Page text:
You've written that selfhood buckles under the weight of the internet’s commercial architecture. How do you square the sense that the internet encourages us to commodify ourselves while also taking part in it, contributing to it, and turning those findings into a book?

To me that seems like the generalised condition of what it is to be alive. We are irretrievably enmeshed within corrosive systems. I feel that, in the same way I also justify [continuing] to map myself onto the architecture of the internet, I build my life by using and making use of capitalism to whatever extent I am able to. I try not to do certain things, but things like the internet, capitalism, male power – these systems have deeply corroded my selfhood and my sense of integrity and morality; they have compromised me and openly changed me permanently in so many ways. 

At the same time, I'm not a separatist: I live in the world exactly as it is. I guess an irresolvable thing is: is it any good to understand what this stuff is doing to you? I'm not sure it is. I'm not sure it's done any more than allowing me to spin my wheels very precisely. But it nonetheless still feels like, if one of the only things I’m good at is making sense of systems as they relate to individual lives, then I might as well just try. 

So the answer is: I don’t really square it. I think I say this in the weddings essay, but I’ve accepted that I’m capitulating to everything I hate. And I think that's what I was trying to do with the book. I was trying to figure out if there's a way of starting from a place where I already understand how compromised I am.

In a practical sense, the way I think about it is: “given these incentives are all around you, what specific things you want to do to not be as monstrous as they want you to be?” I just try to be on the internet exactly how I am in real life – which is to say not thinking too much about it. The internet incentivises you to consciously construct, but I try to be as free in the way I relate to the internet as I try to be in real life, and accept there might be consequences from that and not care. 

This feeling of capitulation really came across in the chapter on wellness and athleisure; the female experience of going to the gym and trying to be healthy for a host of different reasons and then wondering: “why am I even doing this?”

Exactly – it's like, “I'm just doing this so I'll have more energy to do more dumb shit”.

Some writers have been criticised for internalising the rhythms of the Twitter feed in a way that’s corrosive or frustrating; others are praised for approaching the internet in a way that feels much more natural. What do you think are the biggest mistakes you see in writing about being online?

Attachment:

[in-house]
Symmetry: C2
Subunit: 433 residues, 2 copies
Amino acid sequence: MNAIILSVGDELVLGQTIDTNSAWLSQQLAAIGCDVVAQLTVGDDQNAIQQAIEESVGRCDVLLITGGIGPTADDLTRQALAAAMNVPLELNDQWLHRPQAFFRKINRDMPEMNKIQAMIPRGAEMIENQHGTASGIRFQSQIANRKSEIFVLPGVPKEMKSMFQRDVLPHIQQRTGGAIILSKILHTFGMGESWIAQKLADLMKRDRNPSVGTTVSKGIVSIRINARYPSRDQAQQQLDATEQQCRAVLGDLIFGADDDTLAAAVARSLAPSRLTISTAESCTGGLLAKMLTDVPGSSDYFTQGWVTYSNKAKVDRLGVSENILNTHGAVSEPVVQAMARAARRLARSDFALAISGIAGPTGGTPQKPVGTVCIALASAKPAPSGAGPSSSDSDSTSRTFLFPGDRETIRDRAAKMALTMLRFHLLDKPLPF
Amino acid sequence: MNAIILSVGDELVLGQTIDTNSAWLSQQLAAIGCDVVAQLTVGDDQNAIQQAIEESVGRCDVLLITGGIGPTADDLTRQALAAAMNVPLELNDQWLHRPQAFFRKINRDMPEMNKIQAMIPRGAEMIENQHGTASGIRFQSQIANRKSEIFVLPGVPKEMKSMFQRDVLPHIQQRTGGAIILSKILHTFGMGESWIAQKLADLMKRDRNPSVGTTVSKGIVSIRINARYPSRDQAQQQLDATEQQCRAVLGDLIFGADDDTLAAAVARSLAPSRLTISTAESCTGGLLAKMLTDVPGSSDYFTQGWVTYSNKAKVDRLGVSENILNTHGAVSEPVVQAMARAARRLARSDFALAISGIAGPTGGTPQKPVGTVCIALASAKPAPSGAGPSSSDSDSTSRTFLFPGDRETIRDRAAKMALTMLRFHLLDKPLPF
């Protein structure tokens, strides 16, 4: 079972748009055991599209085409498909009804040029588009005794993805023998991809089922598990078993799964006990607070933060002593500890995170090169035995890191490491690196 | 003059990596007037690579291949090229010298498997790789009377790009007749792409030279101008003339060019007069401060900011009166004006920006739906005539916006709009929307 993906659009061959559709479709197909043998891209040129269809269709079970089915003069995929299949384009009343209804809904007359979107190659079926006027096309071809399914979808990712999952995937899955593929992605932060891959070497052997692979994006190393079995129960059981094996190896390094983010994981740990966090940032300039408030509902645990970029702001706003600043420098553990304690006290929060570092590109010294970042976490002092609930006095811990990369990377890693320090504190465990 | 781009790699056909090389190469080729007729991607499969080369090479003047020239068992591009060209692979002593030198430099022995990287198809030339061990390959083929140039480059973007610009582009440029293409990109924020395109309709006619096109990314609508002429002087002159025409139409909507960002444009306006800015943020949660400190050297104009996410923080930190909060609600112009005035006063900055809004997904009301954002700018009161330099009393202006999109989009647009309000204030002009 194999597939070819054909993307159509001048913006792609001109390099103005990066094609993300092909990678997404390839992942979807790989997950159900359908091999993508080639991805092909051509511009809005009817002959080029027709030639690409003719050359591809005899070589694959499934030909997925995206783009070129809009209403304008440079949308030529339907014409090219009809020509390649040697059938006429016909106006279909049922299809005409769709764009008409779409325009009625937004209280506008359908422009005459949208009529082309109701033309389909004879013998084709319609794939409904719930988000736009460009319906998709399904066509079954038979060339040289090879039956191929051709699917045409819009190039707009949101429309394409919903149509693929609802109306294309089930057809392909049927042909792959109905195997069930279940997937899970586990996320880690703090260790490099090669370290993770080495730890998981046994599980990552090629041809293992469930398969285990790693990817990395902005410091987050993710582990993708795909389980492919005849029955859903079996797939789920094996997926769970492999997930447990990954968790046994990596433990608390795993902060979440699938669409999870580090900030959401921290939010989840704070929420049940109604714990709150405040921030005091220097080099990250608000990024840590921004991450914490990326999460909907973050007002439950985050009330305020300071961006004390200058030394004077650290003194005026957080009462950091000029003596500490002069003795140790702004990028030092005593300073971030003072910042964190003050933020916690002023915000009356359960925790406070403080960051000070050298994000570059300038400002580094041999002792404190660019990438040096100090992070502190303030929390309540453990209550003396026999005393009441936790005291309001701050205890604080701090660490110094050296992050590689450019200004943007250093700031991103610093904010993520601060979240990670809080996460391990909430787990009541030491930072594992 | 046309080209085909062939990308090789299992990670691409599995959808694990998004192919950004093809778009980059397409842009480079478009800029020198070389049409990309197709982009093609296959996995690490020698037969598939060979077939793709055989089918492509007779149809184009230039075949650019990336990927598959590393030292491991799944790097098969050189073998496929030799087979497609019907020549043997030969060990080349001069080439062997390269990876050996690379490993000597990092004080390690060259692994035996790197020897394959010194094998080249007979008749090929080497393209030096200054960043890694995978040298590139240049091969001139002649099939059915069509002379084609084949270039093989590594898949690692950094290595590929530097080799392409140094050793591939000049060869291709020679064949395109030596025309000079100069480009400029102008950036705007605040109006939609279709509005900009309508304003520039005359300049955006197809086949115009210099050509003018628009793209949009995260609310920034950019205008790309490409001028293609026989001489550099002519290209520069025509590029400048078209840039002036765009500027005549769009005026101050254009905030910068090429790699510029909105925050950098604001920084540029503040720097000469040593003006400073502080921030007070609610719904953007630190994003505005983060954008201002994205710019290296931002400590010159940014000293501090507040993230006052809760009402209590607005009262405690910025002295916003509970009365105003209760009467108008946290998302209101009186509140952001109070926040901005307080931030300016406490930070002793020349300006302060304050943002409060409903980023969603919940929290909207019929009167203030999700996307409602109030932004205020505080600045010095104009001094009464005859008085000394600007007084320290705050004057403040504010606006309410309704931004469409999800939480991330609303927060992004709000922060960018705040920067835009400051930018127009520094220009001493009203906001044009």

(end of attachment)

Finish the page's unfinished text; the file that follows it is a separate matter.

In fiction, whenever people have excerpted emails or write a sort of internet satire, it often reads a little cheesily. Fiction is so much more like magic than non-fiction; it feels truer than life. Often I think digital communication rendered in fiction feels thinner and colder and more obviously constructed than in real life. It makes the mechanisms of fiction show, and you can feel the author writing it, which is the whole thing fiction is supposed to avoid. 

With journalism about the internet, you have endless incentives to magnify your opposition. My least favourite thing are headline constructions like “such and such happened and people are freaking out” – when it’s really just ten people whose tweets are excerpted and then it becomes a Thing. There was this big wave of cultural criticism on the internet that was a high-brow / low-brow mix; taking something stupid and being like, “And here's why this explains the beauty standard, Trump's America, and Brexit”. If I'm writing about something internet-y, I try not to make it any more important than it is. 

I wanted to come back to the point you made about the pointlessness of understanding or of knowledge.

Do you feel like that when you're writing?

Yes – there's definitely sometimes a feeling of futility when figuring out what you think in a piece. But you also write about how the internet has changed the status of opinions: holding an opinion is no longer the first step towards a political action – but rather a political action, or end, in itself.  

It's this idea that deciding what to think about something is super important. And I'm not sure it is. I have never been sure it is. 

But some people definitely see being online as a political act; they’re holding power to account by making their voice heard. Do you still find this reverence for opinion frustrating?

I always think it's both. The way you see the Democratic Party moving so far to the left within the last few years, or universal healthcare finally being on the table again, a lot of that is owed to figures like AOC [Alexandria Ocasio-Cortez], and how good they are at digital communication. This general upswing of left discourse has dominated the political conversation on Twitter and is filtering into the actual [democratic] race in a really amazing way.